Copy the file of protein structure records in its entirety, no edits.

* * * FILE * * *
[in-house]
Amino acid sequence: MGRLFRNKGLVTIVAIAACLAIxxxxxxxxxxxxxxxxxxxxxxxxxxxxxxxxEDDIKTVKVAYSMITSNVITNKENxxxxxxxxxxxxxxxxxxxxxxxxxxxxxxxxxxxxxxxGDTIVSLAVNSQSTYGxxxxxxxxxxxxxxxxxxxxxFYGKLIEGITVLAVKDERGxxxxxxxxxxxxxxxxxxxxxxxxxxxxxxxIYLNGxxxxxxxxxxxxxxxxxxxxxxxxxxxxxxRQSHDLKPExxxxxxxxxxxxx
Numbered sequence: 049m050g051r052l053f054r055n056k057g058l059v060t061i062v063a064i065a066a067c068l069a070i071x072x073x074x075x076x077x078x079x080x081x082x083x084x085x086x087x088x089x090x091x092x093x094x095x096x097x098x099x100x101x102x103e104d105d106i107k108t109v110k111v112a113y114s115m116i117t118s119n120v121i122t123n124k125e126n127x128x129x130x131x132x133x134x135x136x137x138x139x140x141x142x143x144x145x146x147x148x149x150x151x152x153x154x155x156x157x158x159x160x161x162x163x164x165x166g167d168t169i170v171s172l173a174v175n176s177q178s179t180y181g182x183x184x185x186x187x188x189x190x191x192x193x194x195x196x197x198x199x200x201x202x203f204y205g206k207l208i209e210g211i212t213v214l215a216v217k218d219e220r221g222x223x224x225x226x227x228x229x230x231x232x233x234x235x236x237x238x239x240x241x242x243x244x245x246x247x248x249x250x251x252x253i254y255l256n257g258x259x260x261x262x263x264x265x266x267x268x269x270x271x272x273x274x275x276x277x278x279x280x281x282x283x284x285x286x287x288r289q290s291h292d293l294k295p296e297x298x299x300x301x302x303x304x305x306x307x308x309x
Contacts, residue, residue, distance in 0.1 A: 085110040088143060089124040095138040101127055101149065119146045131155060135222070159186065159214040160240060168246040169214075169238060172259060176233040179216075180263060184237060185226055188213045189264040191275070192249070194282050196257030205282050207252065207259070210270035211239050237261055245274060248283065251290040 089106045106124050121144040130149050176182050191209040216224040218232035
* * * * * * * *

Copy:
[in-house]
Amino acid sequence: MGRLFRNKGLVTIVAIAACLAIxxxxxxxxxxxxxxxxxxxxxxxxxxxxxxxxEDDIKTVKVAYSMITSNVITNKENxxxxxxxxxxxxxxxxxxxxxxxxxxxxxxxxxxxxxxxGDTIVSLAVNSQSTYGxxxxxxxxxxxxxxxxxxxxxFYGKLIEGITVLAVKDERGxxxxxxxxxxxxxxxxxxxxxxxxxxxxxxxIYLNGxxxxxxxxxxxxxxxxxxxxxxxxxxxxxxRQSHDLKPExxxxxxxxxxxxx
Numbered sequence: 049m050g051r052l053f054r055n056k057g058l059v060t061i062v063a064i065a066a067c068l069a070i071x072x073x074x075x076x077x078x079x080x081x082x083x084x085x086x087x088x089x090x091x092x093x094x095x096x097x098x099x100x101x102x103e104d105d106i107k108t109v110k111v112a113y114s115m116i117t118s119n120v121i122t123n124k125e126n127x128x129x130x131x132x133x134x135x136x137x138x139x140x141x142x143x144x145x146x147x148x149x150x151x152x153x154x155x156x157x158x159x160x161x162x163x164x165x166g167d168t169i170v171s172l173a174v175n176s177q178s179t180y181g182x183x184x185x186x187x188x189x190x191x192x193x194x195x196x197x198x199x200x201x202x203f204y205g206k207l208i209e210g211i212t213v214l215a216v217k218d219e220r221g222x223x224x225x226x227x228x229x230x231x232x233x234x235x236x237x238x239x240x241x242x243x244x245x246x247x248x249x250x251x252x253i254y255l256n257g258x259x260x261x262x263x264x265x266x267x268x269x270x271x272x273x274x275x276x277x278x279x280x281x282x283x284x285x286x287x288r289q290s291h292d293l294k295p296e297x298x299x300x301x302x303x304x305x306x307x308x309x
Contacts, residue, residue, distance in 0.1 A: 085110040088143060089124040095138040101127055101149065119146045131155060135222070159186065159214040160240060168246040169214075169238060172259060176233040179216075180263060184237060185226055188213045189264040191275070192249070194282050196257030205282050207252065207259070210270035211239050237261055245274060248283065251290040 089106045106124050121144040130149050176182050191209040216224040218232035